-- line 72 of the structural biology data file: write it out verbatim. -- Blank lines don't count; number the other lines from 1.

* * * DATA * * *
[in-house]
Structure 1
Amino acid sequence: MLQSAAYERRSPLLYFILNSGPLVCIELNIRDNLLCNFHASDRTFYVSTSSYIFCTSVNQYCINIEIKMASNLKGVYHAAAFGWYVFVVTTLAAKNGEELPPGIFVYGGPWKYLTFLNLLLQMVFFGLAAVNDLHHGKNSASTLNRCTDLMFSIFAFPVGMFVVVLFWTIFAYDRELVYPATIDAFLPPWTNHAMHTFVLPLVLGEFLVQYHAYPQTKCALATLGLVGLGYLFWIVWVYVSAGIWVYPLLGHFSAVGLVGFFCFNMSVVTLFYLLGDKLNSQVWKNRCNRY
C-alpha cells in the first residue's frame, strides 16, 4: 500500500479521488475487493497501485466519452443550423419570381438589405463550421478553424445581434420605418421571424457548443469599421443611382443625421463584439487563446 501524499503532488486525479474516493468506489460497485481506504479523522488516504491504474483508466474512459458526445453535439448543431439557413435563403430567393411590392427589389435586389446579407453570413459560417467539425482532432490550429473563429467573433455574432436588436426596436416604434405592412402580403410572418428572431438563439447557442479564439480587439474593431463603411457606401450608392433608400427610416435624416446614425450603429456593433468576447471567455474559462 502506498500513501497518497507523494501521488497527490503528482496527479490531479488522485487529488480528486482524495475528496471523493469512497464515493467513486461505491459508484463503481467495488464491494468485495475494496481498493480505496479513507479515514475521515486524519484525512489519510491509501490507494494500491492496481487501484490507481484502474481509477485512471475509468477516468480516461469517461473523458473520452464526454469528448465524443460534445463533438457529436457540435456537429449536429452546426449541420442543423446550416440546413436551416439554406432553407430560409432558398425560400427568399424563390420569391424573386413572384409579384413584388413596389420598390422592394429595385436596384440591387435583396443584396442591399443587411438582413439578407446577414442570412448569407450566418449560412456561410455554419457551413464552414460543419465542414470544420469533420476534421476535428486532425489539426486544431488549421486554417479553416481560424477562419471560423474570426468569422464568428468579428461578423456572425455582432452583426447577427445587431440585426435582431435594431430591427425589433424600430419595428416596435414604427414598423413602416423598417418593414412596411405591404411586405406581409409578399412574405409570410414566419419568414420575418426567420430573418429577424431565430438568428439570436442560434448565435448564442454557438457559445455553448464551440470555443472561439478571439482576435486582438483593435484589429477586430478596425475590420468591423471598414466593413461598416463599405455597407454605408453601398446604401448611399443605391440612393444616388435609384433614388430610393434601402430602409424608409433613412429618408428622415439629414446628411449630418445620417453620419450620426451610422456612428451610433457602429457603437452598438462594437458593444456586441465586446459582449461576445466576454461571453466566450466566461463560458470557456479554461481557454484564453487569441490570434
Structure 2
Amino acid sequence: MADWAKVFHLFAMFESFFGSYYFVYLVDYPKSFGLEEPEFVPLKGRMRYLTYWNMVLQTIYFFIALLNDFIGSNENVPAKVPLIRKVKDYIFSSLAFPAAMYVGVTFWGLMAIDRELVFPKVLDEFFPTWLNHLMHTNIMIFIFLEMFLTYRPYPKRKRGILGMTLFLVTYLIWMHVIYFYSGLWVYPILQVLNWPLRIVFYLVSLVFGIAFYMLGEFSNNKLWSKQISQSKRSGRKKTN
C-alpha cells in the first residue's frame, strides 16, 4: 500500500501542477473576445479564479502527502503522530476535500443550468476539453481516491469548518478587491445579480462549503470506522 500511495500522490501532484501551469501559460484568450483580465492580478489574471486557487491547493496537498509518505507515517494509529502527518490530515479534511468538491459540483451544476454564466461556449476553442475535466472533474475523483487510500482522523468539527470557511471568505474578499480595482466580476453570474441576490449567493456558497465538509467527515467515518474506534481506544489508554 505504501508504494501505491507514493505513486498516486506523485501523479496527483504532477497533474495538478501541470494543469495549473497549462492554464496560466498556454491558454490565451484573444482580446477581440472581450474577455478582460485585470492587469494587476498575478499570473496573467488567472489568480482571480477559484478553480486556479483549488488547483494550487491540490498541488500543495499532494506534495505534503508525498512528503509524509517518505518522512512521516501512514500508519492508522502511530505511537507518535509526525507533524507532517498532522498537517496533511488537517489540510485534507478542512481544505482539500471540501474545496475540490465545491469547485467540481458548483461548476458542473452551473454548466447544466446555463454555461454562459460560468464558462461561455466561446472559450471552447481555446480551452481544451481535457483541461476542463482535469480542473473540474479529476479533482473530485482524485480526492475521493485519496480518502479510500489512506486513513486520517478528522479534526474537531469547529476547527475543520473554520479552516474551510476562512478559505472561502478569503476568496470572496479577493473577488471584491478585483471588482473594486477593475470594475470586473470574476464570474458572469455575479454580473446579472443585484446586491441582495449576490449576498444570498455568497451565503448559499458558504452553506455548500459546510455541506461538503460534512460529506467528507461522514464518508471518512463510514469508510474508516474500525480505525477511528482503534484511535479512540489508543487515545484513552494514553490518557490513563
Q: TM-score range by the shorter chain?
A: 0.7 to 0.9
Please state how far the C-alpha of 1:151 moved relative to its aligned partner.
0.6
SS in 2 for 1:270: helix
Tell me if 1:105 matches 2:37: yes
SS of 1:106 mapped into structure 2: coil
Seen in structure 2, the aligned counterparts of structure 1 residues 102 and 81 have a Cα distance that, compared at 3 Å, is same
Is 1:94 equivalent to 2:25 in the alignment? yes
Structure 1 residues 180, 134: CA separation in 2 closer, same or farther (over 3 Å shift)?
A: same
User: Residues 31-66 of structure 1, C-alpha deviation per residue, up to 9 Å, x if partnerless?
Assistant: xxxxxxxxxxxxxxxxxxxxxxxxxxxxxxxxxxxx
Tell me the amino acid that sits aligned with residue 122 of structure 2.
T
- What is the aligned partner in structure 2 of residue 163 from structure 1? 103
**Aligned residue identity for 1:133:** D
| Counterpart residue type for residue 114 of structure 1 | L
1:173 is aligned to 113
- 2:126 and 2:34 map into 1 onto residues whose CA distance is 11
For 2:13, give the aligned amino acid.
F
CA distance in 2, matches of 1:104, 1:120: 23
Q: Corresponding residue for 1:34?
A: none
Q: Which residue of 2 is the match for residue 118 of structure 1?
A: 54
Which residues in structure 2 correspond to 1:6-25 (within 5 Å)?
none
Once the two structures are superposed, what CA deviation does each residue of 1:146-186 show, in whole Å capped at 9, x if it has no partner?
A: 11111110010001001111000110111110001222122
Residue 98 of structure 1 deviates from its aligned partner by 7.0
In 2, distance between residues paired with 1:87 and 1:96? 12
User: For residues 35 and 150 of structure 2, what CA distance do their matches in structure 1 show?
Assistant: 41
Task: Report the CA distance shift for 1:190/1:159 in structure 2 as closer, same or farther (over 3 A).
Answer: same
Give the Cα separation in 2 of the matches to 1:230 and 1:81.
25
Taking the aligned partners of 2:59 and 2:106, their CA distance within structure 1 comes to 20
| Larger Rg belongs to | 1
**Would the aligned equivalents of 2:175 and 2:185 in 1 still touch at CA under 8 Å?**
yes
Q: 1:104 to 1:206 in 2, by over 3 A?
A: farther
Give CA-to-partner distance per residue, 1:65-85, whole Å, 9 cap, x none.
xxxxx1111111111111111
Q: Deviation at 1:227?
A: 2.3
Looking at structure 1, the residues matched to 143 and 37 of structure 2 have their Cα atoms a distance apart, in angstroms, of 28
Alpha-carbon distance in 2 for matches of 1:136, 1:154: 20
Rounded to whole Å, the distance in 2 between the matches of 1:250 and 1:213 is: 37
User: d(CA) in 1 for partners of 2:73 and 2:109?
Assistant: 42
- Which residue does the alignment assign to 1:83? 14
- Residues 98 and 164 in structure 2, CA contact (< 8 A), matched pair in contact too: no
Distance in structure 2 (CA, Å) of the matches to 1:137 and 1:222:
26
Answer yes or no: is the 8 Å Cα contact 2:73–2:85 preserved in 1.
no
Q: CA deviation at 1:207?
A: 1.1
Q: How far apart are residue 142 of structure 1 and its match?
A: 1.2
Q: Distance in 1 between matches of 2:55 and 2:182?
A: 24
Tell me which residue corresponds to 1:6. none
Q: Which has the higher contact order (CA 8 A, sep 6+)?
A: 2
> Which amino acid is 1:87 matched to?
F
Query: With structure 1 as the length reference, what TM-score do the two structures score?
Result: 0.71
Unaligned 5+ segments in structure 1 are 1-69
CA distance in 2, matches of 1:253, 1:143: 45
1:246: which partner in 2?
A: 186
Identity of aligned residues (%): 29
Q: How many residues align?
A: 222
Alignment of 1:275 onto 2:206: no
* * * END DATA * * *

Q: Distance in 1 between matches of 2:55 and 2:182?